I armed my twin daughters with shotguns, gave them some ammo and armor and sent them out in the wasteland to scavenge while me and the wife stayed in the shelter sleeping and taking showers… When they got back they had killed 9 people, subdued 5 other people and had a full inventory full of materials, food, water, ammo and fuel… Their stress bar didn’t move an inch…

I now fear my own children over the apocalyptic wasteland.


3 hours on Sheltered


Big Bad Wolf is a fun physics based puzzler that sees you playing the Big Bad Wolf, blowing the little pigs houses down and stealing their treasure.

In essence it’s like a 3D version of Angry Birds, but you just want to steal the pigs money, not kill them.  You must simply click on strategic points in the structures to blow them up and smash the treasure chests, but you have to avoid hitting the pigs.  If you do accidentally kill a pig, then you’ll fail the level and start again.

Big Bad Wolf was created in just 72 hours for Ludum Dare, so it is missing a little polish (most notably some sound effects), but the core gameplay is excellent.  Strategically smashing the three little pigs houses is great fun as you remove key components and watch them topple like dominoes.  Smashing stuff.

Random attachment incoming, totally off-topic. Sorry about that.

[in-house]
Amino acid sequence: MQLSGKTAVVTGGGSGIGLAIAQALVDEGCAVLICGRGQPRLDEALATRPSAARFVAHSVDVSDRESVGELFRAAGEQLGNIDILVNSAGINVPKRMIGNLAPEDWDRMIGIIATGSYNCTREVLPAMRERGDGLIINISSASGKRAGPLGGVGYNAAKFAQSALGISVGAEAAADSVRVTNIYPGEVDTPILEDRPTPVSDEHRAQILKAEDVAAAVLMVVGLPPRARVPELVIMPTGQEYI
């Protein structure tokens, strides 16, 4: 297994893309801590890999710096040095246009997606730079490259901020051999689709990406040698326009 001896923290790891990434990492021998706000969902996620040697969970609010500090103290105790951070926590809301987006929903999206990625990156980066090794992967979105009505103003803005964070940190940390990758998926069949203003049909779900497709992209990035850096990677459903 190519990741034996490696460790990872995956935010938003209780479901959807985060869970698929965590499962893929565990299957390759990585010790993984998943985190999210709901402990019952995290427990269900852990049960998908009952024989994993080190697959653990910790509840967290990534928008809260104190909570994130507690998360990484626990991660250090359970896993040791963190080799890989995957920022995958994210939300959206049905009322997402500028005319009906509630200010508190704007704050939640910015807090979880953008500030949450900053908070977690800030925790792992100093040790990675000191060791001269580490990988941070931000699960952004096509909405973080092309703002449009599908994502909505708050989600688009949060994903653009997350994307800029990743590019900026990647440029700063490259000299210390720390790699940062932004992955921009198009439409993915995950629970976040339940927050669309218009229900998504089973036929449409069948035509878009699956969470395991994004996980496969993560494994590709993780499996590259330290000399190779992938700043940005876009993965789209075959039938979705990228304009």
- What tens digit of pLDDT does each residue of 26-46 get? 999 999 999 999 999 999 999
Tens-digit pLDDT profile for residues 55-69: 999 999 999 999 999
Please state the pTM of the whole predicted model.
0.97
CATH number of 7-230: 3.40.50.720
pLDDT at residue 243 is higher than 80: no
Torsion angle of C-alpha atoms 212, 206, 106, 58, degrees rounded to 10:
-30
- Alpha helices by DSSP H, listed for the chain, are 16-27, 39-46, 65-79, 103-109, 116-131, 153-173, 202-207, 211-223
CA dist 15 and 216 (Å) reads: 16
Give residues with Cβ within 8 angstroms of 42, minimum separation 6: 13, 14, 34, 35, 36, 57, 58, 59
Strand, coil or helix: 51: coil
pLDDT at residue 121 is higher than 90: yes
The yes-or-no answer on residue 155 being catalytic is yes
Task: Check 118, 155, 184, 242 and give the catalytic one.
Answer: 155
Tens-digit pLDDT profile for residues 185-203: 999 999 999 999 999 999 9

Play Big Bad Wolf, Free (Win, Mac, Linux & Browser)

A Look Back at Video Games In Education

Interactive educational games have come a long way since the 1971 release of The Oregon Trail.  

With new approaches to these types of video games, we can expect to learn more than how not to get dysentery. Games like Codespells and FoldIt are designed by scientists to teach people of all ages about subjects like programming and protein folding.

But to see where it all began, here’s a snapshot of some games that have been used in the classroom. Let us know which ones you loved, which ones you hated and if you ever got a snake bite out on the Oregon Trail.


The Gross Smoothie Game Show with miketrapp

Full video here